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What are the communication approaches for development work in Zim?

In Zimbabwe, an increasing number of development organisations and their struggle for visibility in the face of donor fatigue raises questions about the purpose and impact of the communication approaches adopted in this sector.

by Caroline Hungwe

What is apparent is a concentration of communication that focuses on the organisation’s public relations and donor visibility, with less of communication for development strategies that target the affected people with action-oriented information so that they can make informed decisions.

Resources are directed to project sites visits, social media messages, workshops, branded visibility items and associated products that characterise the public relations tools and channels to communicate critical issues, for instance child marriage, gender-based violence, climate change or food security targeting both beneficiaries and donors.

Beneficiaries are often lectured at events about such important development issues, where social and behaviour change is envisaged. Beneficiary interests seem subservient to the predetermined goals of the donor community.

Role of the Fourth Estate

Members of the Fourth Estate are afraid of ruffling feathers. It is rare to find stories by mainstream media critically analysing the value of some development projects from the perspective of target beneficiaries because most of the journalists’ field trips are interest-led and donor-funded as part of media relations communication strategies.

Some communication specialists in the development sector are confined to producing and disseminating news about which non-governmental organisation is doing what, where, why, when and how, unable to implement communication activities that contribute meaningfully to social and behaviour change.

The stories are often accompanied by social media messages, characterised by pictures of executives at projects sites conveying empathy or sympathy messages to branded beneficiaries. It is compelling, if not inevitable, to conclude that the stories are calculated to serve only fundraising objectives.

However, the scenario depicted above need not be the case as balance can easily be achieved. The donors have in-house communication personnel, whose mandate is, arguably, to portray the organisation in a positive light and highlight their impact on society.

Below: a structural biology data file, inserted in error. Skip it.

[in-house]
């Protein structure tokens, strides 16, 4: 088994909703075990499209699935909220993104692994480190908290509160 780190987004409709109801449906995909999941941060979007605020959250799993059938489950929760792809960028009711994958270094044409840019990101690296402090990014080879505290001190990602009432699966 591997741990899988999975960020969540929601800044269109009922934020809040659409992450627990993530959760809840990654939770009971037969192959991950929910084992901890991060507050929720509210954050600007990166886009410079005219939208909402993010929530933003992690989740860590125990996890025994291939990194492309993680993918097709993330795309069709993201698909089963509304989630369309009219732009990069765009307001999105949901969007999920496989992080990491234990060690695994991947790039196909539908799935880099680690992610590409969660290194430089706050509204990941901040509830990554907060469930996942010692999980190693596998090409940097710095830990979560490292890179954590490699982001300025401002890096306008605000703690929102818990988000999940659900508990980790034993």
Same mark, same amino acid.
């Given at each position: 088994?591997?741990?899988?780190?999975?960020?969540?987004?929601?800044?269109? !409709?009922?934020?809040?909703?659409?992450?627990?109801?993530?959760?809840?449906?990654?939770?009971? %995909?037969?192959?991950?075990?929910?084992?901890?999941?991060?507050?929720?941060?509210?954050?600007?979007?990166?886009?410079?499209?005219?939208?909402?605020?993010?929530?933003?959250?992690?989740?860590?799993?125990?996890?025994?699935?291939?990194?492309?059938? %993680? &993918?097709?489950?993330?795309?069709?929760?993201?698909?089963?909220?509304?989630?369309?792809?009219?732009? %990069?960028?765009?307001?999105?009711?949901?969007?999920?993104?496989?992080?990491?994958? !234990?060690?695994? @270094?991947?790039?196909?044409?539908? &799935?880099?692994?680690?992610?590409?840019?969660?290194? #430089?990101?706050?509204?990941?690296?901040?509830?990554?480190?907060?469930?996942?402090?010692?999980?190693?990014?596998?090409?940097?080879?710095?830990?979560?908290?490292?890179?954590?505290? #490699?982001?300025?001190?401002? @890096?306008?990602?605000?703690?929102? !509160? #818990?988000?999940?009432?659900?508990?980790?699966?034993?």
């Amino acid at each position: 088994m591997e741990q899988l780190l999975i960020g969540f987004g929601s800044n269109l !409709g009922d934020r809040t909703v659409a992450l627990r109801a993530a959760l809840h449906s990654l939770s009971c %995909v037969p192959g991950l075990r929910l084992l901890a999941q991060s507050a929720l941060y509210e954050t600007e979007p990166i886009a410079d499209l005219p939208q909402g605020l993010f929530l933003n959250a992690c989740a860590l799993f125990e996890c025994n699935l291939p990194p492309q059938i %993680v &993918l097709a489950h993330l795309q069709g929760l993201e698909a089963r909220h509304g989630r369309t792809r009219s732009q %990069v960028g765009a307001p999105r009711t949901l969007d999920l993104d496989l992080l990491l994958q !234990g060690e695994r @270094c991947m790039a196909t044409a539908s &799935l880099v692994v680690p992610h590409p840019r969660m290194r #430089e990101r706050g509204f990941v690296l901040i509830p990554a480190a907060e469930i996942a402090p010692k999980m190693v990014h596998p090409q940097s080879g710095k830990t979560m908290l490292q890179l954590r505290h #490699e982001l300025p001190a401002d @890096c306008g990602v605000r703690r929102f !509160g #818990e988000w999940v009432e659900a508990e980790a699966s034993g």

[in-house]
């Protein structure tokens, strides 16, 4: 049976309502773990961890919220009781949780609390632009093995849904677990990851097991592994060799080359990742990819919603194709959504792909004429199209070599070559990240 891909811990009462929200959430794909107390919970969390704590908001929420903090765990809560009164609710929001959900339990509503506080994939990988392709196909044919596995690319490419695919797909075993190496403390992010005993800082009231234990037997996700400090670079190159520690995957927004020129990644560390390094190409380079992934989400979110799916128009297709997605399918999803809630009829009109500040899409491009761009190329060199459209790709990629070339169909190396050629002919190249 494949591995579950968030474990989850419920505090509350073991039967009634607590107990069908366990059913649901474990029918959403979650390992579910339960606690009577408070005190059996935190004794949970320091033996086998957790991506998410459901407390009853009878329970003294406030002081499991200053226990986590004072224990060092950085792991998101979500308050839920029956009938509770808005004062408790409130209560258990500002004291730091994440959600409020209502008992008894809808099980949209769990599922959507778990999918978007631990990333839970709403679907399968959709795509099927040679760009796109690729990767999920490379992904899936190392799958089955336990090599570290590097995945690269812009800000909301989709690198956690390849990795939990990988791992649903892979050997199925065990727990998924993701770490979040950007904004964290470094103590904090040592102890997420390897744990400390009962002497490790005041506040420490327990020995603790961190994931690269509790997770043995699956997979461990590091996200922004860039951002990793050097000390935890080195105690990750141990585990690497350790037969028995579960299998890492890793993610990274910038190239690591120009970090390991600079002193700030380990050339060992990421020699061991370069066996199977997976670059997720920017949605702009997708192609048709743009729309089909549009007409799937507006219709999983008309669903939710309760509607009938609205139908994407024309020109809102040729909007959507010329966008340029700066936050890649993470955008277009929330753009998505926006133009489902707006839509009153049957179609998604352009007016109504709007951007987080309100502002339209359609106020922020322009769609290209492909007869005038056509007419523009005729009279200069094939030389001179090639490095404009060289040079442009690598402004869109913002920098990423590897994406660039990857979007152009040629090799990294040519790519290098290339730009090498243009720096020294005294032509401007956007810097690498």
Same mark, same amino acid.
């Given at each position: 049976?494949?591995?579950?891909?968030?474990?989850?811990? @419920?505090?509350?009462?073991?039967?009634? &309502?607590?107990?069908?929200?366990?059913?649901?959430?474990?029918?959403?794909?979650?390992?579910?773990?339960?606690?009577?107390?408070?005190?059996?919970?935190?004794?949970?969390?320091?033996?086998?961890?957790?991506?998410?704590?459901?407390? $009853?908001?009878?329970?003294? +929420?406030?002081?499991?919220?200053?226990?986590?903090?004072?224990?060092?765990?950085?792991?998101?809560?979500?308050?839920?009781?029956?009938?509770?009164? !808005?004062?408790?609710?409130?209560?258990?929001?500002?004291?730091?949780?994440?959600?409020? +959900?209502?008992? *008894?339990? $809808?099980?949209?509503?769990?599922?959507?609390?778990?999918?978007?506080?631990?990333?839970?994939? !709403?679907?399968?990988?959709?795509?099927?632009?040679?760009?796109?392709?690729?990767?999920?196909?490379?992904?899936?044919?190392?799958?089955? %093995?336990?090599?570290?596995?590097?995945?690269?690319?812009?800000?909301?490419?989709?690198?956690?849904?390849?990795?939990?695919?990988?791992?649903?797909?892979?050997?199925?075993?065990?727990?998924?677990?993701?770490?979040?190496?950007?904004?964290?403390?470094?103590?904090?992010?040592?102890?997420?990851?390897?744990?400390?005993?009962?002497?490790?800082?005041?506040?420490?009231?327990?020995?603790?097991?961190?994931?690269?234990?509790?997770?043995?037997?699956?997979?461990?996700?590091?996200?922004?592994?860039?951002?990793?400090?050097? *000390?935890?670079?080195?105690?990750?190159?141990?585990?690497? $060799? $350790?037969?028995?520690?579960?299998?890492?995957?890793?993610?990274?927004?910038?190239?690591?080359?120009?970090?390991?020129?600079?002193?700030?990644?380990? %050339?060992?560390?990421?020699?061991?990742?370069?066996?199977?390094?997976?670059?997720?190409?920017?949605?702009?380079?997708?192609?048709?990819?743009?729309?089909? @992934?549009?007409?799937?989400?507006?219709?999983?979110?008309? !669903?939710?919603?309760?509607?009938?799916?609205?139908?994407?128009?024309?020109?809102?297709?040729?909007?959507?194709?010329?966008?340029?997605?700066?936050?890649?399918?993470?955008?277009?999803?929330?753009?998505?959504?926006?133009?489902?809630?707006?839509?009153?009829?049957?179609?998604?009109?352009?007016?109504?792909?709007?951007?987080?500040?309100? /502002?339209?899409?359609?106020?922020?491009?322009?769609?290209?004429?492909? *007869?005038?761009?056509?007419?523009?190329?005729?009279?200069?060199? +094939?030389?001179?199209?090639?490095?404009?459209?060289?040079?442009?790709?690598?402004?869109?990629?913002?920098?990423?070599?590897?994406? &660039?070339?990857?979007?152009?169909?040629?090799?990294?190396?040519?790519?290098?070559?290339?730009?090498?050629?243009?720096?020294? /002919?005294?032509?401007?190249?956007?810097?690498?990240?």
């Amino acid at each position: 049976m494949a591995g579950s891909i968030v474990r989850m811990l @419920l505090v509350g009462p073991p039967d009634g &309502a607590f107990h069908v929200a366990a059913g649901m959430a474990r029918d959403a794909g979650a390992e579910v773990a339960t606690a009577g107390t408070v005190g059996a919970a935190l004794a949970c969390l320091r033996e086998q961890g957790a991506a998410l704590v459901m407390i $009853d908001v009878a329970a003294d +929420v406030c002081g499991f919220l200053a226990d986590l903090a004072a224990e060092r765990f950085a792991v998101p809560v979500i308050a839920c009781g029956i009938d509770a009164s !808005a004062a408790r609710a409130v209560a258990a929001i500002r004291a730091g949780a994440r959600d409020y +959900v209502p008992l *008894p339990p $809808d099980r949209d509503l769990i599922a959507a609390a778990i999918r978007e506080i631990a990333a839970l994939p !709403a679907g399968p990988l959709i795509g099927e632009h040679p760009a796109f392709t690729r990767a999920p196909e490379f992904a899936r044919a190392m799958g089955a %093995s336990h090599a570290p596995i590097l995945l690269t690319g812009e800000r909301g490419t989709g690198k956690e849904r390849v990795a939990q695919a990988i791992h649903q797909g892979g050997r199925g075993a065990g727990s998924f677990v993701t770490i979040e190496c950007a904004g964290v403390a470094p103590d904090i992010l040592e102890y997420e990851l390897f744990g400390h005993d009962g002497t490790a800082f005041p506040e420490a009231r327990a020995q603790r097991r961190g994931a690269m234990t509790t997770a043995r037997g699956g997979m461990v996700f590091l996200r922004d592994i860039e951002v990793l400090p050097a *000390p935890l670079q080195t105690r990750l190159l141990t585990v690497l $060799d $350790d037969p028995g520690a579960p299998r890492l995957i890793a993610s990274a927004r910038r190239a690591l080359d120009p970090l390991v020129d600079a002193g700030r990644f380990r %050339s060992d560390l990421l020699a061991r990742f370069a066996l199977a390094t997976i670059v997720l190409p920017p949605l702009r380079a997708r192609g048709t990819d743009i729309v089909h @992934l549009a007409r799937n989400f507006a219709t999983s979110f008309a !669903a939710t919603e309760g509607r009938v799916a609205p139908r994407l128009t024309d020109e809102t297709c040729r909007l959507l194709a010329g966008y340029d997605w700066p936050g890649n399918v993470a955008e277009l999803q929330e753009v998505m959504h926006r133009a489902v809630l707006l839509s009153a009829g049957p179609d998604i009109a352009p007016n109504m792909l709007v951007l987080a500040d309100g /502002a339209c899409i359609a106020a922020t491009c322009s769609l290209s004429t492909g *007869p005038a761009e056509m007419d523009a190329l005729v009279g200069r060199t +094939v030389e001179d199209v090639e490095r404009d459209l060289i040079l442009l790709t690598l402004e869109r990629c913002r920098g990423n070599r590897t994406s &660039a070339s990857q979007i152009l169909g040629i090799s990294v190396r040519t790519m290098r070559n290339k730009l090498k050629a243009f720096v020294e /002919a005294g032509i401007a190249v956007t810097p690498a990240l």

Hence independent media and communication teams in the development sector need not duplicate efforts of donor in-house teams but should add value by focusing on communities’ development needs.

The place of public relations in development

Public relations approaches employed in the development sector, often result in beneficiaries regurgitating the organisation’s work and project benefits. But experience demonstrates that most intended beneficiaries rarely put anything into practice and others abandon development practices the moment the project ends, all because they are not convinced of the efficacy of solutions proffered.

It should be noted that the intention here is not to deny donors due recognition as funders of deserving projects and programmes that address challenges facing our communities. I remain committed to encouraging current and prospective donors to undertake more projects and to understand that donor visibility is vital for gaining the goodwill of the regulators and communities at large.

This could make it easier for the donor to provide support for more projects. It is, however, critically important that the focus of communication in the development sector should give more regard to the consideration of needs of beneficiaries.

It should be distinct from communication designed for commercial organisations whose primary purpose is a financial benefit for their shareholders.

Key influencers to communication approaches adopted

Donors and the will of executives in the implementing organisation are the critical influencers central to the development and implementation of effective communication strategies. Lack of buy-in from the key influencers results in little or no resources committed.